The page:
The Science Place: transforming the teaching of science in northern Queensland

@JCU The Science Place: transforming the teaching of science in northern Queensland

The Science Place: transforming the teaching of science in northern Queensland

If you work on JCU’s Townsville campus, you can’t miss it. The $85M The Science Place is nearing completion and on Friday the media toured the building to see how JCU is transforming the teaching of science in northern Queensland.

Prof. Marcus Lane and Dr Conrad Hoskin photographed by the Townsville Bulletin

The four level, 12,000m2 building includes state-of-the-art laboratories, teaching rooms, study spaces and even a one storey-high aquarium. Students have been using the ground and first floors of the building for several weeks as the finishing touches are made to the upper levels. Staff have been moving into the building since February.

The Science Place is the biggest construction project ever undertaken on JCU’s Townsville campus. The teaching and research facility is a JCU and federally-funded project that will also promote engagement with high schools and the community.

One of The Science Place's state-of-the-art laboratories

An official launch of the building is being planned for later this year.

The Science Place includes many features that make it a leader in environmentally sustainable design and construction.

The Science Place lecture theatre

Sustainable design features include:

  1. A large 25kW solar photovoltaic energy system on the roof which generates on average 125kWh of renewable energy each day.
  2. Recovery and recycling of 96% of all the previous building materials, a new record for a large development in Townsville.
  3. Special concrete reinforcement in paths, using JCU’s own research results. The recycled plastic fibre technology replaces steel reinforcement, which significantly reduces the high embodied energy of metal and hence the environmental impact.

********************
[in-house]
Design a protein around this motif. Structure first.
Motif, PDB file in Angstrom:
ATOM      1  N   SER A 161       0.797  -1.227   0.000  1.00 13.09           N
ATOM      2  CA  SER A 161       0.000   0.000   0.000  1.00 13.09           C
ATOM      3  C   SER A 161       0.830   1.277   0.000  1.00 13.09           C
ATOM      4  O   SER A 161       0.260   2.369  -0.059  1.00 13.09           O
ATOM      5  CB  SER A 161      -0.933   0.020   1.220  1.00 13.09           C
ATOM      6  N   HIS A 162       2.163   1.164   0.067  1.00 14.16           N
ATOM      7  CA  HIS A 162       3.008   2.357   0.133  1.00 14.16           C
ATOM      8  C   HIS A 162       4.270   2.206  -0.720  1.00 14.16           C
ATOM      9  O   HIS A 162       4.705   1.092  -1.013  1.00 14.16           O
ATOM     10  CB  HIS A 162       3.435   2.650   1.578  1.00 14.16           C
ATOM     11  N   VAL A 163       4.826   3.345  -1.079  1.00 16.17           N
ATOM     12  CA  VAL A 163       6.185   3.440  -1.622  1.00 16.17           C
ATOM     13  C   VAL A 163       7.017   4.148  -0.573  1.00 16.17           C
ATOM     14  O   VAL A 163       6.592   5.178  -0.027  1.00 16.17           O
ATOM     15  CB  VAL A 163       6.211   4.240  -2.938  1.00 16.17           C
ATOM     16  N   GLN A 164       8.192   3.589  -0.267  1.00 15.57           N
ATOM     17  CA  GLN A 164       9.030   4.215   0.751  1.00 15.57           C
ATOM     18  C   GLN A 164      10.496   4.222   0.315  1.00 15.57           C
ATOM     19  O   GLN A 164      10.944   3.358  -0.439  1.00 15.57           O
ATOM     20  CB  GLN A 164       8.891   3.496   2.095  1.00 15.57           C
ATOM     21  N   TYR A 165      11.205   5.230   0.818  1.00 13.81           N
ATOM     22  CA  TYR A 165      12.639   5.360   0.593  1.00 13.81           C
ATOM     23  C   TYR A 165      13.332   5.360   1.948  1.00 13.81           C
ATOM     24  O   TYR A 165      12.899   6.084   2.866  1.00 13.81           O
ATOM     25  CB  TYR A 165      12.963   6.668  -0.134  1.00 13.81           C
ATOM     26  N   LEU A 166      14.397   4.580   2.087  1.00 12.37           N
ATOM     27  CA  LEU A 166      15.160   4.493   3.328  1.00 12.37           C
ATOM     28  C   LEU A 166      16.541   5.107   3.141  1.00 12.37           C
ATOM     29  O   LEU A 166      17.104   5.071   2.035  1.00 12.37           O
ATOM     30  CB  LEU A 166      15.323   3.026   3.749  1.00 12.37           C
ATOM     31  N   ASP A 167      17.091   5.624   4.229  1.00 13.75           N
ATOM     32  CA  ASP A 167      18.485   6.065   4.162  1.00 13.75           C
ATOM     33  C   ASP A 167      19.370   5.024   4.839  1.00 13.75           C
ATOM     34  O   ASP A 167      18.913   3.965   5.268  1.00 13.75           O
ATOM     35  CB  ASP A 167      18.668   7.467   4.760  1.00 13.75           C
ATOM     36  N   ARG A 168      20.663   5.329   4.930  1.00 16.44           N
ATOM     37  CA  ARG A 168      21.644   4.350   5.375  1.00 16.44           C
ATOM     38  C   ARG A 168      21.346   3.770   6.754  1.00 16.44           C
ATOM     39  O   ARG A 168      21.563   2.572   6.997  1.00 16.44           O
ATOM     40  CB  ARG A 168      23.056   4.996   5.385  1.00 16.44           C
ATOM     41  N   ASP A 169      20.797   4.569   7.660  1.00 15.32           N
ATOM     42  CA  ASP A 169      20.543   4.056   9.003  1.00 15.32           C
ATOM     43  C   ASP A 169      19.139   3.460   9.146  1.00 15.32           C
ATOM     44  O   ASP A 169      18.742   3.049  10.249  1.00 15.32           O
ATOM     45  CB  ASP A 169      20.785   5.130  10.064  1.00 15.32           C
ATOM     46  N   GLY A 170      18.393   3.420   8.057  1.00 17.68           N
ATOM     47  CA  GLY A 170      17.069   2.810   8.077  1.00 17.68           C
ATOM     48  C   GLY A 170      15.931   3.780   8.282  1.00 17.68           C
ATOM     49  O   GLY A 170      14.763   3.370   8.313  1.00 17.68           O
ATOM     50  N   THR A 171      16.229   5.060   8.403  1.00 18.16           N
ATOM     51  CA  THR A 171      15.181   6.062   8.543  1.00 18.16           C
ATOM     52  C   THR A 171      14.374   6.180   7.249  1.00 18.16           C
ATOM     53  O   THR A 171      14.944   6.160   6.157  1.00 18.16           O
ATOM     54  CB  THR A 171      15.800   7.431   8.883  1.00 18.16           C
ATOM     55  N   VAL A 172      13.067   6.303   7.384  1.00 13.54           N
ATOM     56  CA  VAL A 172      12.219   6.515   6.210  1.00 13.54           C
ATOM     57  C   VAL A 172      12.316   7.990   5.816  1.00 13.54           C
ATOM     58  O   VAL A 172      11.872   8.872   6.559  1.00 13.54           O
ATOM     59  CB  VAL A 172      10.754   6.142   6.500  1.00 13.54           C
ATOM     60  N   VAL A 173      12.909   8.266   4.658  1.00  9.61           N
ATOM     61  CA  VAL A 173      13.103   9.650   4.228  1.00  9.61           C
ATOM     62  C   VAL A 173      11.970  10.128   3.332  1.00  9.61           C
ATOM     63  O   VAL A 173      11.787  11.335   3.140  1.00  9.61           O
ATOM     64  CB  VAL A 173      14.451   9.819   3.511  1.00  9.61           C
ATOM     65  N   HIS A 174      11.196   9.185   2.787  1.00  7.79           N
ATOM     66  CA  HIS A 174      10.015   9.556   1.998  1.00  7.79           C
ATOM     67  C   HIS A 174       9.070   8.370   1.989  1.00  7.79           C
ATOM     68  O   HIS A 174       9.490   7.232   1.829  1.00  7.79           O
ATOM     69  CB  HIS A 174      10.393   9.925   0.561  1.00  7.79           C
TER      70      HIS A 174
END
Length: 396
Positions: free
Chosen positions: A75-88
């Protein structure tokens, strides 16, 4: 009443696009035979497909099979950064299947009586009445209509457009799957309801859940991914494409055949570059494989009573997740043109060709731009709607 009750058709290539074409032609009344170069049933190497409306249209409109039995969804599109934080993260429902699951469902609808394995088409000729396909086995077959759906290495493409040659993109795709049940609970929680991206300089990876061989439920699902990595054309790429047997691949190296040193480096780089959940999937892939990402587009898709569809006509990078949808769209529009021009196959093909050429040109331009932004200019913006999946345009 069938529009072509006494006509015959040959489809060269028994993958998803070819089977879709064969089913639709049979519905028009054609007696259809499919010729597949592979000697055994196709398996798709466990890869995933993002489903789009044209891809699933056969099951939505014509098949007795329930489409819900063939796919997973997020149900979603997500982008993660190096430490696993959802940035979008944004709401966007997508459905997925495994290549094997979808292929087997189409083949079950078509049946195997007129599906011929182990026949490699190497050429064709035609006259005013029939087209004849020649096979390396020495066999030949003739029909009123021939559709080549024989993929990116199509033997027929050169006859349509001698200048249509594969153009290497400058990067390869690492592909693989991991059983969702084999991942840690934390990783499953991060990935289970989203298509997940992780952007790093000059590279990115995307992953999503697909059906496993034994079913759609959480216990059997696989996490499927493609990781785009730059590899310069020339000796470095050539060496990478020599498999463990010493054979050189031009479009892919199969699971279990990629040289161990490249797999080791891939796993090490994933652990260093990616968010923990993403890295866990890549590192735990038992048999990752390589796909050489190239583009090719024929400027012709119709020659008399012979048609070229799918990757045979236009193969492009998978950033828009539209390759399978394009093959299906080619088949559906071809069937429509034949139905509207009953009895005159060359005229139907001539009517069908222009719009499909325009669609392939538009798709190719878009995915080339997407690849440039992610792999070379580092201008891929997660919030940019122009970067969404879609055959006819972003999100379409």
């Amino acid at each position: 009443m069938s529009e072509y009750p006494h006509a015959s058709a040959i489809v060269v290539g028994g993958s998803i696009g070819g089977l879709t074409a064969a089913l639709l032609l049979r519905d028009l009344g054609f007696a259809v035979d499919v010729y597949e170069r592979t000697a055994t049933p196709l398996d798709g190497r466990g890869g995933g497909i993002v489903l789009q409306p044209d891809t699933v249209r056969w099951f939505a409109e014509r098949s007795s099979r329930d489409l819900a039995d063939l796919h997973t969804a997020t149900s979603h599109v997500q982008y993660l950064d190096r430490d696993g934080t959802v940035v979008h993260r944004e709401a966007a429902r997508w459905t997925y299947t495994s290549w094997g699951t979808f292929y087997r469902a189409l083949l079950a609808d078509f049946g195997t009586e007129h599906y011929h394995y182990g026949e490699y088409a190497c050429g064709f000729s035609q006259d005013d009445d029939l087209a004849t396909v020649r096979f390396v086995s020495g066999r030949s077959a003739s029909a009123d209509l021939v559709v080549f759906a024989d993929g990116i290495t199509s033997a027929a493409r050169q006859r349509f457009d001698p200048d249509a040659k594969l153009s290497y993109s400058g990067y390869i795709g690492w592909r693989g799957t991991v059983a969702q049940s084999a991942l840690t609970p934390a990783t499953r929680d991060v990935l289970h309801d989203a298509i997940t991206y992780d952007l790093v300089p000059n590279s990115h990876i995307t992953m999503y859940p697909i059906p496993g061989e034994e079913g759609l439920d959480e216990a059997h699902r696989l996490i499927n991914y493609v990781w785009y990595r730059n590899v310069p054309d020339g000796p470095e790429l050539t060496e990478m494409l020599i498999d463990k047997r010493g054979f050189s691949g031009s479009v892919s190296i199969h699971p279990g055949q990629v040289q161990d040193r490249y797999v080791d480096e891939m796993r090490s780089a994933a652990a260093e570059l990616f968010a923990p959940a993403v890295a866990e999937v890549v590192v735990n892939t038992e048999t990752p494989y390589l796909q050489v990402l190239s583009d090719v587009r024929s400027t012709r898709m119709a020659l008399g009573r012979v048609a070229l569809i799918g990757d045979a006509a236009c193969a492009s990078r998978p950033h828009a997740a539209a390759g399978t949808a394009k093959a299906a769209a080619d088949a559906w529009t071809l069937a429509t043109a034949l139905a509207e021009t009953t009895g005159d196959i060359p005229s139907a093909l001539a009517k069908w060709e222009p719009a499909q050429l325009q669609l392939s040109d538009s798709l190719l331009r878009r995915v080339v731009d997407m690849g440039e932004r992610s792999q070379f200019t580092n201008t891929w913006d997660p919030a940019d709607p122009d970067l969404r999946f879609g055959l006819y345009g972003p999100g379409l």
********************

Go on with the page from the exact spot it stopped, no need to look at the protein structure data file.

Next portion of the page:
4. A light reflective roof colour, to reduce building heat gain and air conditioning energy.
  5. Energy-efficient design appropriate to the tropical environment and built to contemporary standards.
  6. A façade optimised to maximise daylight entering the building while minimising heat gain.
  7. Daylight sensitive lighting that reduces power consumption when natural daylight is available.
  8. Environmentally-preferable refrigerants.
  9. Smart metering and circuits to ensure building data is available to the building and energy management systems, to optimise its performance and comfort for occupants.
  10. Surveys of staff before and after occupation, to record the amount of change and take feedback to aid further building efficiency and comfort refinement.
  11. Use of the Townsville campus’ chilled water tanks, which are the largest in the southern hemisphere, to provide low energy cooling.
  12. To avoid unnecessary ecological impacts on the local environment, The Science Place replaced three existing building and re-used the same site, instead of using precious undeveloped greenfield land.